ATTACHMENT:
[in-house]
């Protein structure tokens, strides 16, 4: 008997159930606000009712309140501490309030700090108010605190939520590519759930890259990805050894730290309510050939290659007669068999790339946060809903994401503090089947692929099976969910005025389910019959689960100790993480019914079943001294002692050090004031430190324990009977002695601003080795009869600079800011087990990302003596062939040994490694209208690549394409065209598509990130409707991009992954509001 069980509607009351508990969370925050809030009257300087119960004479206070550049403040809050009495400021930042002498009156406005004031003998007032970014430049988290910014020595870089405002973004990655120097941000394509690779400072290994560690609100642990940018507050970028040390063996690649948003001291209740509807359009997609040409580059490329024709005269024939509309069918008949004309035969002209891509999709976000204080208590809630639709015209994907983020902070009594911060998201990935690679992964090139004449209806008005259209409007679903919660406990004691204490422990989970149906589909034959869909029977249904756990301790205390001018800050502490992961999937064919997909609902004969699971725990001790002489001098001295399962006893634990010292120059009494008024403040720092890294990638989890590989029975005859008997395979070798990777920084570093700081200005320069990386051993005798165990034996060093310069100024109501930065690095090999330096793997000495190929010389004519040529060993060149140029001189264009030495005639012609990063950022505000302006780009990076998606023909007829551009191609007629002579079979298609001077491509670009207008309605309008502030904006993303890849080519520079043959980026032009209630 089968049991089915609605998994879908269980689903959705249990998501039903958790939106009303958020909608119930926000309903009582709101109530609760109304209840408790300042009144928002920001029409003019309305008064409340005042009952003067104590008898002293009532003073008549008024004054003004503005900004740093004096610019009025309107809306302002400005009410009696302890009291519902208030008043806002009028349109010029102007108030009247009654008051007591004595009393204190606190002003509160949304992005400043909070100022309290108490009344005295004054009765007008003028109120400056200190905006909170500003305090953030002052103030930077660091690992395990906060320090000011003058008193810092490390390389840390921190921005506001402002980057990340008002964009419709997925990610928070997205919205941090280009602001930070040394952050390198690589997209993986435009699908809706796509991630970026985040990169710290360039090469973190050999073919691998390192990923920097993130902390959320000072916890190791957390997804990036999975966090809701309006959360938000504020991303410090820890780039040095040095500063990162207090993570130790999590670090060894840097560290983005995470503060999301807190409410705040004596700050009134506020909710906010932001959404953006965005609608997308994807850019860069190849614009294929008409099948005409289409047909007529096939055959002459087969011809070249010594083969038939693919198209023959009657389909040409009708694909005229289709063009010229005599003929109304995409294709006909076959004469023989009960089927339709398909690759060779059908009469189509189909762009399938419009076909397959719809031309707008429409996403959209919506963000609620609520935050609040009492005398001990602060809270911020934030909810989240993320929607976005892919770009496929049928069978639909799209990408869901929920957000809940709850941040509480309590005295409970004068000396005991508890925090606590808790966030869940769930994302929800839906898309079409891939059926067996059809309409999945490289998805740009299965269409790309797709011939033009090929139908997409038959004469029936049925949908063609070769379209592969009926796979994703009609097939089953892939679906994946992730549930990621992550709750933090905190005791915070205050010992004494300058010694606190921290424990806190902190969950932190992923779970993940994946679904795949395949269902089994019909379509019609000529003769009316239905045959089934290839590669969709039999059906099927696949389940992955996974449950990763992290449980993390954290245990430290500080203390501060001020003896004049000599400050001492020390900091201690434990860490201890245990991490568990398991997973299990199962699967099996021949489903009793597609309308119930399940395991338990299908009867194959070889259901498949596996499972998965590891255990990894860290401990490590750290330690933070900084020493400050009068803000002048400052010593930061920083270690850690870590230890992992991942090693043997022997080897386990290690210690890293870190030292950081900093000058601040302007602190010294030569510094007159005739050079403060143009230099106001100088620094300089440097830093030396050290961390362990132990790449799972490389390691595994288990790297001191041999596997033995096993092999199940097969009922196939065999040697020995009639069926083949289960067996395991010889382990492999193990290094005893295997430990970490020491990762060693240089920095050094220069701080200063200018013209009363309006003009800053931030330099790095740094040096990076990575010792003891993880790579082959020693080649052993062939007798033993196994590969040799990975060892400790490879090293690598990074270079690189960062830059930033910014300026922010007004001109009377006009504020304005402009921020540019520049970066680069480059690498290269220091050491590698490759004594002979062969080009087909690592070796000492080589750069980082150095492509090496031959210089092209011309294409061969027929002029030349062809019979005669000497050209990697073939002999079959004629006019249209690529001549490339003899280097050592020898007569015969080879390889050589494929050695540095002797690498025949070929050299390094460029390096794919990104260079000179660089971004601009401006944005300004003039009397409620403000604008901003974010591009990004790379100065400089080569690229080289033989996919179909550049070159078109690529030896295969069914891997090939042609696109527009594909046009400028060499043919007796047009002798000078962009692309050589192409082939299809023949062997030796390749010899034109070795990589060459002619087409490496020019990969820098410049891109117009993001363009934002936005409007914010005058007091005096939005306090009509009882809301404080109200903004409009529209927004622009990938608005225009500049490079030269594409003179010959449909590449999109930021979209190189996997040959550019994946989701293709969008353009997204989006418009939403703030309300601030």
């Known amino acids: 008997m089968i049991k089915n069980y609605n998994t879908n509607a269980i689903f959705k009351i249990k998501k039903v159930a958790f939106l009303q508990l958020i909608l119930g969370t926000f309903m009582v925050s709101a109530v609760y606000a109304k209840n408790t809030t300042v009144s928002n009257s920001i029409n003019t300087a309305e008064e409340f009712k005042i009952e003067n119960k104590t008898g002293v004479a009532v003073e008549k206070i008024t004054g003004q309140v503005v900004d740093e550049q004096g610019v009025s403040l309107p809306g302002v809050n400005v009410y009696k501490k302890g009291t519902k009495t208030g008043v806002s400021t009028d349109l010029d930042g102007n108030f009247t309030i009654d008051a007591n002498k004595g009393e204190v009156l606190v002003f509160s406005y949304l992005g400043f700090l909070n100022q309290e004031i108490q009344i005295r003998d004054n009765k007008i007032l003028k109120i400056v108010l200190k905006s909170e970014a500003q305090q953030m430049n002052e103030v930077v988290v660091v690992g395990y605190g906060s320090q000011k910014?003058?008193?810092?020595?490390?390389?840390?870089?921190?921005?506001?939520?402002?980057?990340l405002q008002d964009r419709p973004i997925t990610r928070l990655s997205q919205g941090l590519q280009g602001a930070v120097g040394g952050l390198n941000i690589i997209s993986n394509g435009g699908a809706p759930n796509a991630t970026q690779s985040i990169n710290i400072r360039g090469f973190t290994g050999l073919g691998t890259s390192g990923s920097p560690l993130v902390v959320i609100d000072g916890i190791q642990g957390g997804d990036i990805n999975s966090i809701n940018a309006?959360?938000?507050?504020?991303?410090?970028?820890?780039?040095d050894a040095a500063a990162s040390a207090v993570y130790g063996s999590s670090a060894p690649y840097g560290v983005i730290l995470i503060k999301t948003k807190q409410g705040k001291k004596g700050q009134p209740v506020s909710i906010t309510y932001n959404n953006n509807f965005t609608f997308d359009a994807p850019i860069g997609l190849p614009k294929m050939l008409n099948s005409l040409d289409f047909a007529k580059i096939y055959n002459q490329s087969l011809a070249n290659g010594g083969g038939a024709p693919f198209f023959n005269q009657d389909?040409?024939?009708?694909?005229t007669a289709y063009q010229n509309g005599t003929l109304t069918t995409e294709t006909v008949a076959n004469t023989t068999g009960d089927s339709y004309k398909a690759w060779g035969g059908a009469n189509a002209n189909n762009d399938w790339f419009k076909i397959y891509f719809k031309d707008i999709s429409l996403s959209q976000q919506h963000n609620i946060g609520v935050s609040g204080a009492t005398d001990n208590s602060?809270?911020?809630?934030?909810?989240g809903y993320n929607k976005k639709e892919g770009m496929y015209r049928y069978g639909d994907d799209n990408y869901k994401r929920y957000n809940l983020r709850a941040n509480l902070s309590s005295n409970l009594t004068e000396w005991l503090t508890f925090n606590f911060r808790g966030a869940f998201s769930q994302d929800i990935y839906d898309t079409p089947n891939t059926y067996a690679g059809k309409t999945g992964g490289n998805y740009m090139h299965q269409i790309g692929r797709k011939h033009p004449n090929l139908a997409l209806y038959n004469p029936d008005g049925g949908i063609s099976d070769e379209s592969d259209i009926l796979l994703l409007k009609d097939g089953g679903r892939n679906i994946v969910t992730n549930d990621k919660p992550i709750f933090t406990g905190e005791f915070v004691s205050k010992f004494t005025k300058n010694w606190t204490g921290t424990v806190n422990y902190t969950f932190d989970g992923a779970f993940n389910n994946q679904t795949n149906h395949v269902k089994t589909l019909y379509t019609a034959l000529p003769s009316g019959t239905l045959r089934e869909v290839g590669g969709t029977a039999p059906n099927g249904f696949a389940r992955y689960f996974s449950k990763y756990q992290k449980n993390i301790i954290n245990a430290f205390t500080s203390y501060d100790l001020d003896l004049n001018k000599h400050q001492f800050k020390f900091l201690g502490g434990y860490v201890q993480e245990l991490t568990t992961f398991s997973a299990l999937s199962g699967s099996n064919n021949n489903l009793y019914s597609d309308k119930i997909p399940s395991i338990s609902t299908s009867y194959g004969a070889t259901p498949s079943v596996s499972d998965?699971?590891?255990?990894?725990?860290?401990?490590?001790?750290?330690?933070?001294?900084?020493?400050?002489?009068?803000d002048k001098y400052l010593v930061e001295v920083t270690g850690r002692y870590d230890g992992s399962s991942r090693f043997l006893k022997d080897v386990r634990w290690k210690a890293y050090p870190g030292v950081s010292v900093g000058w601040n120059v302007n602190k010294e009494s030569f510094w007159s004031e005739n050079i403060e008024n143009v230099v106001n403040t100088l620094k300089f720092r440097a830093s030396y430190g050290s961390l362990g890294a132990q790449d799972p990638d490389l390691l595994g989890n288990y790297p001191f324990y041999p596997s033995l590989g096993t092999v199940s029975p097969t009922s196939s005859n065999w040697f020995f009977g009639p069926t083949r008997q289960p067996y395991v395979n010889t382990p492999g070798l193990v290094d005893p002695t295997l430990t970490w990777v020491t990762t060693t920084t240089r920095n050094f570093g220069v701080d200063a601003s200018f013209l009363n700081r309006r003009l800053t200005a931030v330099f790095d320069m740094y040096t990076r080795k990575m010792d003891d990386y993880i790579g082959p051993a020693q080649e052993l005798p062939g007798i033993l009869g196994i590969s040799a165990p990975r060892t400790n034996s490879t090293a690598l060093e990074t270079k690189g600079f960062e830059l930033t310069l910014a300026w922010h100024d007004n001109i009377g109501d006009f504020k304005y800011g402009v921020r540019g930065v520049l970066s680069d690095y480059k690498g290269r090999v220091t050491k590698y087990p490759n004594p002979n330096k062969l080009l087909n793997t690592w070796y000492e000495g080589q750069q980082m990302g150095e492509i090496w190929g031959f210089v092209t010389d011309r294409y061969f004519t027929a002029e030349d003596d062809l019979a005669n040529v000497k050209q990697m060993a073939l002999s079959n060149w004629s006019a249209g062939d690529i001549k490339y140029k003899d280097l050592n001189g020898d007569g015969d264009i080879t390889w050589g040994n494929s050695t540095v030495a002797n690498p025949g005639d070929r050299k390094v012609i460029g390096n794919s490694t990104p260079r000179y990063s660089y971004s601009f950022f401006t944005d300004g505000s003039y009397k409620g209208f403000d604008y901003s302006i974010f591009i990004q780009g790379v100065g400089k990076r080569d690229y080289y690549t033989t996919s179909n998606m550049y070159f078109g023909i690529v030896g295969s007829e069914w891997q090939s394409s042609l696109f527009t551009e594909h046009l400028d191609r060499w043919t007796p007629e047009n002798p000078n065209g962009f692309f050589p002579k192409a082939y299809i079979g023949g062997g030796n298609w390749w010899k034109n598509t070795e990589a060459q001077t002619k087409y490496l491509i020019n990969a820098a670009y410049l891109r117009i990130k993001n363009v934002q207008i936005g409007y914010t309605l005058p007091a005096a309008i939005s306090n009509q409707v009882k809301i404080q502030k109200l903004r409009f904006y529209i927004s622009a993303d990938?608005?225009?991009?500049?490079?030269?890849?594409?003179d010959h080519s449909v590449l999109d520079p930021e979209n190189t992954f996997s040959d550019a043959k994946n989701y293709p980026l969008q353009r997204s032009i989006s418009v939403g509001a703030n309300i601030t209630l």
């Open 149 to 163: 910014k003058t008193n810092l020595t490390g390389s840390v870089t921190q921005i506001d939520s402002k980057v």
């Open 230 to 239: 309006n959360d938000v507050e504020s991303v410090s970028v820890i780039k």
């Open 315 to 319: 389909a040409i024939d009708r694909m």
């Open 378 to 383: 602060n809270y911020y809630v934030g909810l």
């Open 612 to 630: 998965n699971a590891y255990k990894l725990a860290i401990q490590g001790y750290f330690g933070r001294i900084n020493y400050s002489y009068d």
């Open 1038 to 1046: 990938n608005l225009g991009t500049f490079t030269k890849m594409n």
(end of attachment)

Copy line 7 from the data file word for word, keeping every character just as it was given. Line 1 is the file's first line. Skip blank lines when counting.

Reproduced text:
């Open 378 to 383: 602060n809270y911020y809630v934030g909810l």